The University of Minnesota Extension created informative visuals for consumers buying meat in bulk.
The infographics, which were posted last month, have garnered thousands of engagements on the Extension’s beef and swine teams’ Facebook pages. The graphics show consumers how much meat each animal produces, how much space is needed to store it and any expected costs. More consumers have been buying meat in bulk due to the pandemic, researchers said.
Extension conducts research and outreach with the University’s partners.
Travis Hoffman, a North Dakota State University and University of Minnesota Extension sheep specialist, helped create the infographics for sheep and goats. The graphics are available for a variety of animals, including cows and pigs as well.
Hoffman said the infographics were created to increase transparency between livestock producers and meat consumers.
“If individuals so choose to either harvest their own animal or to purchase them directly from a producer, there is an opportunity for education to learn where cuts come from and how much one can expect to [hold in] their freezer,” he said.
Michelle Kettler, a superintendent for her county fair in Michigan, said she had to start thinking of other options for selling her animals once the fair was canceled due to the COVID-19 pandemic.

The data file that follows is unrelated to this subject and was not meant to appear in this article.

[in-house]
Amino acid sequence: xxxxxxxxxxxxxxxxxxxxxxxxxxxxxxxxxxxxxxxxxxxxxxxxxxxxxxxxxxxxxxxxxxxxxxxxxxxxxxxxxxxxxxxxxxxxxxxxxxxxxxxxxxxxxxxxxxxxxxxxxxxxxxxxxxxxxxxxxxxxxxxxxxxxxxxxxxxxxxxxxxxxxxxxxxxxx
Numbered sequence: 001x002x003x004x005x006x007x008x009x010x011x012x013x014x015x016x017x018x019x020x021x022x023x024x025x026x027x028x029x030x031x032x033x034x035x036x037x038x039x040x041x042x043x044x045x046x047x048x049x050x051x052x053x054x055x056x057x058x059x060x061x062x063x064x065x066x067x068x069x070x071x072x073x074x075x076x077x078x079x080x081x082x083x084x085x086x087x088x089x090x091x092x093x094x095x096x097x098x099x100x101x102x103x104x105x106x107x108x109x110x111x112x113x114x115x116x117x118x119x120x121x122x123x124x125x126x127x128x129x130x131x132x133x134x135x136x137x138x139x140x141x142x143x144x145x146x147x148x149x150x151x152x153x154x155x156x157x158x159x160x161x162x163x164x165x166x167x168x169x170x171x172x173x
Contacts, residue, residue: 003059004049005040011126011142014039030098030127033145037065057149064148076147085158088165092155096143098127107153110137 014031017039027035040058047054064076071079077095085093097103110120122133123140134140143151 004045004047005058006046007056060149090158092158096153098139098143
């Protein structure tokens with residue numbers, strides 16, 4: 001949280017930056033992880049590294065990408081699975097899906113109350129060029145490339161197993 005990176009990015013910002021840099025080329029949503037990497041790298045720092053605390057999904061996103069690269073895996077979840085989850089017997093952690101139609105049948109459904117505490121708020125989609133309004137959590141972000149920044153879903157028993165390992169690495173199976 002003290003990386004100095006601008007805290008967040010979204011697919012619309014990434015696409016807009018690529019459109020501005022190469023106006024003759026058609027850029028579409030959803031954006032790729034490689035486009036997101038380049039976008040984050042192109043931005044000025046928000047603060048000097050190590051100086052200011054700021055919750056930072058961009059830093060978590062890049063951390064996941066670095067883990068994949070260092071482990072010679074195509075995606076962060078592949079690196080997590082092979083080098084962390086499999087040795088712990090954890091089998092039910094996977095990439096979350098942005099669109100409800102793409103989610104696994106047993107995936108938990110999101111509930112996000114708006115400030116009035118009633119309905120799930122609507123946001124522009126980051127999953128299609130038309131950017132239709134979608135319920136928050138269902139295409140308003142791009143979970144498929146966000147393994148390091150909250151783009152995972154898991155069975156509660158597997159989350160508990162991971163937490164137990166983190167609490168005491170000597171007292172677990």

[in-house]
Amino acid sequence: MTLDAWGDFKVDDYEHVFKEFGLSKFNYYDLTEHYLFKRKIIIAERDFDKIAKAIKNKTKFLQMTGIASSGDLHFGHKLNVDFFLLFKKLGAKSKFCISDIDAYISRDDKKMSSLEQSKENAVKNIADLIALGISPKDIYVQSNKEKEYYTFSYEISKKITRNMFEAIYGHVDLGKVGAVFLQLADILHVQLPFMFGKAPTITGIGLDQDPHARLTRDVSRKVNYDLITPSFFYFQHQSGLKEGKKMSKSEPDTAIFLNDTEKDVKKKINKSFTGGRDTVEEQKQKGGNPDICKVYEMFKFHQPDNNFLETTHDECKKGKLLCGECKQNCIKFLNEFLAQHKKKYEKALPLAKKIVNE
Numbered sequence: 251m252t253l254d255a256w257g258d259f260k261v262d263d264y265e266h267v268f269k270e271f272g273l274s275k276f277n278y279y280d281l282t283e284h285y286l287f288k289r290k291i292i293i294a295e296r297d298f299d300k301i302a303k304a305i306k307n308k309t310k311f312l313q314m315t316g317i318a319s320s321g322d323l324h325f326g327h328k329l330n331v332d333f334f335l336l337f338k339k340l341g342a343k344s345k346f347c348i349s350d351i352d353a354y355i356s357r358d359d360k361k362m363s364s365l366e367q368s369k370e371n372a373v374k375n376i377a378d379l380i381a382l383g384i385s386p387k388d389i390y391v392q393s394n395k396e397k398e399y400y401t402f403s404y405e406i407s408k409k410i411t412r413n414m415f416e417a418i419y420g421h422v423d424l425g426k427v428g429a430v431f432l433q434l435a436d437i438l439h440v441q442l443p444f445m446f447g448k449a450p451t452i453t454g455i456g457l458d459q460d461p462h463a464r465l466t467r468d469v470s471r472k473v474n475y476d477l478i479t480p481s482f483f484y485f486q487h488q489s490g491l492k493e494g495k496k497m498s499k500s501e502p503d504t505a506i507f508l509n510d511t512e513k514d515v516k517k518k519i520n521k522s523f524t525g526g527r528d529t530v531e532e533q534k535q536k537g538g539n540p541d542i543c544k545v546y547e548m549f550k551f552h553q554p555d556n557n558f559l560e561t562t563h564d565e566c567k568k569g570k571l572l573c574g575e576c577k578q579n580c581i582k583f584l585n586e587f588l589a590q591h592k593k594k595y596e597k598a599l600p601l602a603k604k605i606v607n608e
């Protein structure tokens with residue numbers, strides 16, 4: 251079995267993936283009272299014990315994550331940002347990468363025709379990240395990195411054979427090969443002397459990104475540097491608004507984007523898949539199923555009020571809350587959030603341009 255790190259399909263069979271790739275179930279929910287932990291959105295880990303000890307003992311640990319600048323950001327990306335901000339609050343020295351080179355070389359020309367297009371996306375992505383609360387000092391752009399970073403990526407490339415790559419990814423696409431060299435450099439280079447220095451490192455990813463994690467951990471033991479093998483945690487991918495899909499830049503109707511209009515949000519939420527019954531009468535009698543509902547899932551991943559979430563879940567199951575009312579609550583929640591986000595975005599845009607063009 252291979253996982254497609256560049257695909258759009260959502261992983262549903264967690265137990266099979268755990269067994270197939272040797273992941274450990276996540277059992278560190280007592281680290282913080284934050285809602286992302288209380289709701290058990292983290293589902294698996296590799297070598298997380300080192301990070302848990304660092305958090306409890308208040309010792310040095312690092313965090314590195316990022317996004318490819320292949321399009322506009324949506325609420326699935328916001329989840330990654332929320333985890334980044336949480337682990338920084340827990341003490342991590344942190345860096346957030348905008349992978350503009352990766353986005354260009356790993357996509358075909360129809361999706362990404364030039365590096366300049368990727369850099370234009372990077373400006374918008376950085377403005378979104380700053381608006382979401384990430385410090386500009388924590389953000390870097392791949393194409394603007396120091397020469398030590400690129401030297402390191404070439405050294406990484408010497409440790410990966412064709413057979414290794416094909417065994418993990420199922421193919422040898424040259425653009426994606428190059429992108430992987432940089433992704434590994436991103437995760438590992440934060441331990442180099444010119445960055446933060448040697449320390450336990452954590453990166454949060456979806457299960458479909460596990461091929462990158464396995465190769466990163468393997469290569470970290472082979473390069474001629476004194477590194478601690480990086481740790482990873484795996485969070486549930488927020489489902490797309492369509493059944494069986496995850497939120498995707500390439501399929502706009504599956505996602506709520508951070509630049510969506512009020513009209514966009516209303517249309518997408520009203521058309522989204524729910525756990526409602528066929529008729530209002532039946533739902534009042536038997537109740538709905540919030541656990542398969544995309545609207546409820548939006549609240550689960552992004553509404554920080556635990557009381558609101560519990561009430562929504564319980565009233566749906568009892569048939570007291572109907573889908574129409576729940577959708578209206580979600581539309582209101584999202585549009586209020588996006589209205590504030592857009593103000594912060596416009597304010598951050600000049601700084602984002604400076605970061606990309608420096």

Her daughters typically show animals and livestock at the fair. Now she said her daughters are using the infographics in informational packets for those interested in buying their hogs.
“I really liked the information. I liked it being usable and understandable for the layman person who doesn’t really know a lot,” she said. “People aren’t going to take the time to read. I like the fact it was more of a visual.”
Experts suggested that due to the COVID-19 pandemic, issues within meat processing plants led many consumers to rely on other means for meat purchases, including their local butchers.
“We see with COVID just the issues with difficulties in the supply chain. For a while there, our grocery stores are still empty of toilet paper, disinfectants, soaps — but there [were] concerns, especially with the outbreaks that were occurring at the processing plants, that there’d be a lack of meat,” said Jeff Bender, the director for the Upper Midwest Agricultural Safety and Health Center in Minneapolis.
Meat production has decreased, he said, as processing plants put out only about half of the product they usually do.
Retail markets have experienced less available protein and meat, Hoffman said, which was primarily due to a limited slaughter capacity within the facilities for the past three months.
“People were trying to identify maybe a cheaper or more economical way to get bulk amounts of meat because they were getting bulk toilet paper and bulk hand sanitizer,” he said.
Hoffman said while the price for purchasing from a local meat producer may seem larger in comparison to a grocery store, it may be cheaper in the long run.